}

1 reply

i havent tried this and im not entirely sure its the issue... that said school and experience has me thinking its a variable type issue. try something like tft.println(String(your_var_name_here));

WHITE SCREEN

Put a 100ohm resistor in series on the
power supply to the display. You need to limit the current. Make sure
you use the voltage dividers to the data pins.

TO USE HARDWARE SPI

The include file calls for

// Use hardware SPI (you have to add the TFT_RST here.)

Adafruit_ILI9341 tft = Adafruit_ILI9341(TFT_CS, TFT_DC, TFT_RST);

SDI - 11

SDO -12

SCK -13

You can move the others around

My screen shows blank white, but if you look hard enough, you can see lines of color where the graphics test is supposed to be happening. Do you have a fix for this?

1 reply

Put a 100ohm resistor in series on the power supply to the display. You need to limit the current. Make sure you use the voltage dividers to the data pins.

I also could not get the SPI mode to work until I defined the damn reset. I had to dig thru the library to figure that out.

// Use hardware SPI
TFT_ILI93XX tft = TFT_ILI93XX(TFT_CS, TFT_DC, TFT_RST); //reset has to be defined with library.

It should work with this plug and play shield don't you think?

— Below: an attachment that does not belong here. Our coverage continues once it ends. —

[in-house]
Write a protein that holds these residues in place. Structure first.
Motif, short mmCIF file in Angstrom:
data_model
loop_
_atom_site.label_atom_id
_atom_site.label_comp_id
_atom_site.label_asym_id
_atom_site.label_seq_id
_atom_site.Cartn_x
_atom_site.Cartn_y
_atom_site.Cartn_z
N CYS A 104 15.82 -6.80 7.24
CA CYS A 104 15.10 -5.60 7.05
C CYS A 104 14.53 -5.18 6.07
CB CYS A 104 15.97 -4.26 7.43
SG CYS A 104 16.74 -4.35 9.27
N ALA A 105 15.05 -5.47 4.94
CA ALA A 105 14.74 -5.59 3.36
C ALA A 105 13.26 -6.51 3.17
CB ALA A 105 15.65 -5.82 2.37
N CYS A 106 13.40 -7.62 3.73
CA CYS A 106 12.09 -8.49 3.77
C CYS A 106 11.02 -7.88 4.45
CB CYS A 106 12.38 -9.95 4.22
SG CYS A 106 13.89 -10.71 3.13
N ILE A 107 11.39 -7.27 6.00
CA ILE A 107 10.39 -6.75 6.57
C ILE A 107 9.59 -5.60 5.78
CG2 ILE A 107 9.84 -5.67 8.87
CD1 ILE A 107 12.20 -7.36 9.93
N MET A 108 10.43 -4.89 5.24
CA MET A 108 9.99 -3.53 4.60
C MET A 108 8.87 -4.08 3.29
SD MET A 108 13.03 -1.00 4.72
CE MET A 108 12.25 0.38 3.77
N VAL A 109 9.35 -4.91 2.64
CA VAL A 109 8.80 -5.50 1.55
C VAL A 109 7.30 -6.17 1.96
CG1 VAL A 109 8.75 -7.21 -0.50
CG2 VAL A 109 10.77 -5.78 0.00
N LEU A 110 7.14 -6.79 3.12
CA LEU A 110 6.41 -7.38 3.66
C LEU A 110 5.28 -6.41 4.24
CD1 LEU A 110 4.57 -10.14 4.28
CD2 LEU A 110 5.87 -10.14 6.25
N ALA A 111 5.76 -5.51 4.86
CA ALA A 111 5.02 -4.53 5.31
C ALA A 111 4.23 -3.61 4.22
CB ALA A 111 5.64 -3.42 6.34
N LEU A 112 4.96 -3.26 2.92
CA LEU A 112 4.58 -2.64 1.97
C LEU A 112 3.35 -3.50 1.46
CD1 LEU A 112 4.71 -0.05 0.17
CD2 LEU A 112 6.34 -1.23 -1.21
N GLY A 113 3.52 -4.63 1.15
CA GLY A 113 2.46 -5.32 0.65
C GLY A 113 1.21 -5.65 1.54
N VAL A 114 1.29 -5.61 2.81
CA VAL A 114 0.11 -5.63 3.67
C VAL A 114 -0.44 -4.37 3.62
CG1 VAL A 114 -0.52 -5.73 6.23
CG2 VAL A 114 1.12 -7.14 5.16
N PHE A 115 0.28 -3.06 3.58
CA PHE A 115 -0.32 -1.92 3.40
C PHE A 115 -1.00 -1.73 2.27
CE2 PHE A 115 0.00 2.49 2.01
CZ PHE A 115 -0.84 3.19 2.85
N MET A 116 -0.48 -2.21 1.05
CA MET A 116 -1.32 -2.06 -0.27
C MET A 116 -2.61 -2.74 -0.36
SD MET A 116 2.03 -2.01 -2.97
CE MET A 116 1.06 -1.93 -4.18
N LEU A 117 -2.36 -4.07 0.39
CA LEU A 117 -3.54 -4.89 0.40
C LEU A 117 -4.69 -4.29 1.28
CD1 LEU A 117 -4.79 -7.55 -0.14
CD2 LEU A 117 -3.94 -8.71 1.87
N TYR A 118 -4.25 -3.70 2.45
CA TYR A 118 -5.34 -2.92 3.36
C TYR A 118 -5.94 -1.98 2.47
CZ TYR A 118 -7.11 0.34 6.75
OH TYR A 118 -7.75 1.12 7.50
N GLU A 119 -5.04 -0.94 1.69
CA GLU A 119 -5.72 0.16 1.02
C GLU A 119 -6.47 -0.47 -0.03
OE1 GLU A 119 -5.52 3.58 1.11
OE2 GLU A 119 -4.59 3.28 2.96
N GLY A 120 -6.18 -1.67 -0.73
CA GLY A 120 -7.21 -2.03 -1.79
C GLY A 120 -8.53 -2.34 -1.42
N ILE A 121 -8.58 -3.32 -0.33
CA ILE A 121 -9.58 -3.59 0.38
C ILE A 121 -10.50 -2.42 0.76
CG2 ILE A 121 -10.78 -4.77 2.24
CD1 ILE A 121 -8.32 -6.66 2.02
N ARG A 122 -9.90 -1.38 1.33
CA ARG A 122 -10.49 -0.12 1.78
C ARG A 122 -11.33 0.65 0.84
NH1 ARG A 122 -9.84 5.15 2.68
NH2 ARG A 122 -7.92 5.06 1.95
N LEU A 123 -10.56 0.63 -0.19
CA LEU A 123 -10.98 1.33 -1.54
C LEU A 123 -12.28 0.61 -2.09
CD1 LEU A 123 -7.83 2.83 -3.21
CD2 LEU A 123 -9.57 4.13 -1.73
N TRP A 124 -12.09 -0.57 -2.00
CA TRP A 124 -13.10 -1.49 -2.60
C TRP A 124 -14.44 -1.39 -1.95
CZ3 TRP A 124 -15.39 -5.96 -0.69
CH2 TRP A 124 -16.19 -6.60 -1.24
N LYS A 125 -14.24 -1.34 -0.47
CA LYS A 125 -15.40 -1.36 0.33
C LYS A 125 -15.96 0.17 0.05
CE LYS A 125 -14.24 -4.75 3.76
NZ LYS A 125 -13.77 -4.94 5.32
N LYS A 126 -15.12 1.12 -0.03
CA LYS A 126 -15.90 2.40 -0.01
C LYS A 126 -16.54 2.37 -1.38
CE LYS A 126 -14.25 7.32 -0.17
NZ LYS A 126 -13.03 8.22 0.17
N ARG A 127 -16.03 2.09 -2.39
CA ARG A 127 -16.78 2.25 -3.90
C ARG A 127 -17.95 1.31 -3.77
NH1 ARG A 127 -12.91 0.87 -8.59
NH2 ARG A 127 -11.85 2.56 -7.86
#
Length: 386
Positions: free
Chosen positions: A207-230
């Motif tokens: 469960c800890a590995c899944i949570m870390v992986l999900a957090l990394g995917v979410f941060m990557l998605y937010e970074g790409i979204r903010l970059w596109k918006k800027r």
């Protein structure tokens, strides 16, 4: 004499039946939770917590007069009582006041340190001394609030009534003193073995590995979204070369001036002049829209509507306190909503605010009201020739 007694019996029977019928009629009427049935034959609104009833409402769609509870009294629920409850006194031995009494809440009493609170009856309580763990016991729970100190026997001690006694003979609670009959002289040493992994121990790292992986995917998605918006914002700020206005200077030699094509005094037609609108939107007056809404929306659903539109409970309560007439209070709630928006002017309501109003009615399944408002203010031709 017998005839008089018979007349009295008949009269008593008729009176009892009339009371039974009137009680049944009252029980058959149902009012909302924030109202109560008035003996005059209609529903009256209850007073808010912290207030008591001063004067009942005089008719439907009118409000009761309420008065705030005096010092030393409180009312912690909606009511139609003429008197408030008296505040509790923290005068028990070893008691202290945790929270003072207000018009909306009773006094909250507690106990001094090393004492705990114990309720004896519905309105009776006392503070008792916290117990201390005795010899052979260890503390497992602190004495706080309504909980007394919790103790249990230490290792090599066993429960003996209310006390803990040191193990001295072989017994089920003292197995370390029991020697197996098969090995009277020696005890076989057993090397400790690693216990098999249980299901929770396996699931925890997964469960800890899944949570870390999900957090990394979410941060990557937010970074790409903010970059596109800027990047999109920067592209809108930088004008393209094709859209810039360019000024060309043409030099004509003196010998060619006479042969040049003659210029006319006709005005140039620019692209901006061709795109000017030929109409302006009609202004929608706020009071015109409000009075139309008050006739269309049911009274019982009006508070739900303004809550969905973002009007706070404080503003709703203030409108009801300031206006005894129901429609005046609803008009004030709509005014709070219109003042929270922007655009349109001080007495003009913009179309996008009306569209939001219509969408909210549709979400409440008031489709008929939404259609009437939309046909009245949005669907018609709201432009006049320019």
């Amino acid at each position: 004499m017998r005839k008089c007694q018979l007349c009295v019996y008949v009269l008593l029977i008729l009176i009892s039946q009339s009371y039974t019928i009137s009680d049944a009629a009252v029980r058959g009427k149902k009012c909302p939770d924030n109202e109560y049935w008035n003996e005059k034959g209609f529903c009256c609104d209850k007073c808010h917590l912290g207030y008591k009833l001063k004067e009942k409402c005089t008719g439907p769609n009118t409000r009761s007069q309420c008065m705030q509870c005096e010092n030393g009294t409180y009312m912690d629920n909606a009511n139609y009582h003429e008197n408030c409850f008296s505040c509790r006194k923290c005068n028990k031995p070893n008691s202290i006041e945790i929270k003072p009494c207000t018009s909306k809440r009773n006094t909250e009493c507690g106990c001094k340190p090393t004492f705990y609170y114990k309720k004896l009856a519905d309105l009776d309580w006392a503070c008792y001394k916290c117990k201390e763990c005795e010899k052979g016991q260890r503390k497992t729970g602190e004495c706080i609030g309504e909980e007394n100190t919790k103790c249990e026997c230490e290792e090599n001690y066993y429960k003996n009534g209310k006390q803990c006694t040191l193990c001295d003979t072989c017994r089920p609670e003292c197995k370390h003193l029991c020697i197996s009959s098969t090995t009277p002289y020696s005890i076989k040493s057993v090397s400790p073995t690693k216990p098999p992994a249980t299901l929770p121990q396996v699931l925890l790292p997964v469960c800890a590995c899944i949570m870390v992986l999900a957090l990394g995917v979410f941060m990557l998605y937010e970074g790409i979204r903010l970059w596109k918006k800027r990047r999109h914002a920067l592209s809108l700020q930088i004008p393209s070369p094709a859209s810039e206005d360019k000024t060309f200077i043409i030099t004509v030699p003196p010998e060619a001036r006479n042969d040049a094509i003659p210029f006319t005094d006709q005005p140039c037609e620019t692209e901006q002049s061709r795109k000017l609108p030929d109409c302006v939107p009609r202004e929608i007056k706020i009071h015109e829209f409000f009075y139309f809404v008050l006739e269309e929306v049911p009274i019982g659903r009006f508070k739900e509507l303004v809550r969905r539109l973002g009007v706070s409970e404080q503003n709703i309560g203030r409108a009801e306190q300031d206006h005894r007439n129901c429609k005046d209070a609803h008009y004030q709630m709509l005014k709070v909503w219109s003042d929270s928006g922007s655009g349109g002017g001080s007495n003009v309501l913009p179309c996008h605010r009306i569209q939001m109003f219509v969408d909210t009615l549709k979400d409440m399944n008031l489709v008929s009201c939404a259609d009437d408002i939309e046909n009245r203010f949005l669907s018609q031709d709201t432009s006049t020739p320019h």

The ILI9341 is supported in Great Cow Basic which compiles for mega328..ie uno

Hi.

I've found a cct. diagram of this unit. Seems the little jumper on the back of the board should be shorted with a blob of solder for 3v3 operation. As it's an LDO regulator, you might just get away with it...
( One of the sellers has a file 2.25.zip. The schematic is in that.)

-Andy

2 replies

Great man!! you got the answer! Im powering with 3v3 from arduino and jumpered the J1 ! works excelent!!

Thanks for that one, your post got my attention. Then i did hook up vcc to 5 volt. Voila its working.

The Adafruit GFX library has been tested to work on current versions of Windows. You are setting it up incorrectly.

I still have not get to work the TFT, I have always a white Screen...

My connections are:

All connections are wiring with a voltage divider (less VCC & LED):

arduino pin (5V signals) ----1k----display pin (Approx. 3.3V) ----1k8----GND

TFT----------Arduino UNO:

VCC---------3.3V

GND--------GND

CS----------PIN10

RESET -----PIN8

D/C---------PIN9

SDI(MOSI)-PIN11

SCK---------PIN13

LED---------47ohms----3.3V

SDO(MISO)-PIN12

I'm starting to think is a current issue... Any Suggestions? Or maybe another library?

my pinout is starting at pin1 vcc,gnd,gnd,nc,nc,led,clk,sdi,rs,rst.cs, i have no clue as to what clk rs would get connected to ?here are the specks on the ldc :

Size: 2.2 inch
Module Size: 67x40x4 mm
Active Area: 47.5x36.5 mm
Resolution: 240 x 320 (RGB)
Interface: 4-Wire SPI
Color Depth: 262K/65K
LED Numbers: 4 LEDs
Driver IC: ILI9340C

Just need 5 IO port (analog SPI), or direct hardware SPI (fast), you can drive the input voltage support 5V/3.3V, ILI9341 drive
Suitable for beginners who are new to touch the color screen, LCD lovers who pursuit display effect and the microcontroller enthusiasts learners
Support serial SPI mode
It has PCB backplane with power IC, SD card socket
Need 4 IOs from your MCU only
Dot Matrix: QVGA 240*320 Dots
Interface 4-Wire SPI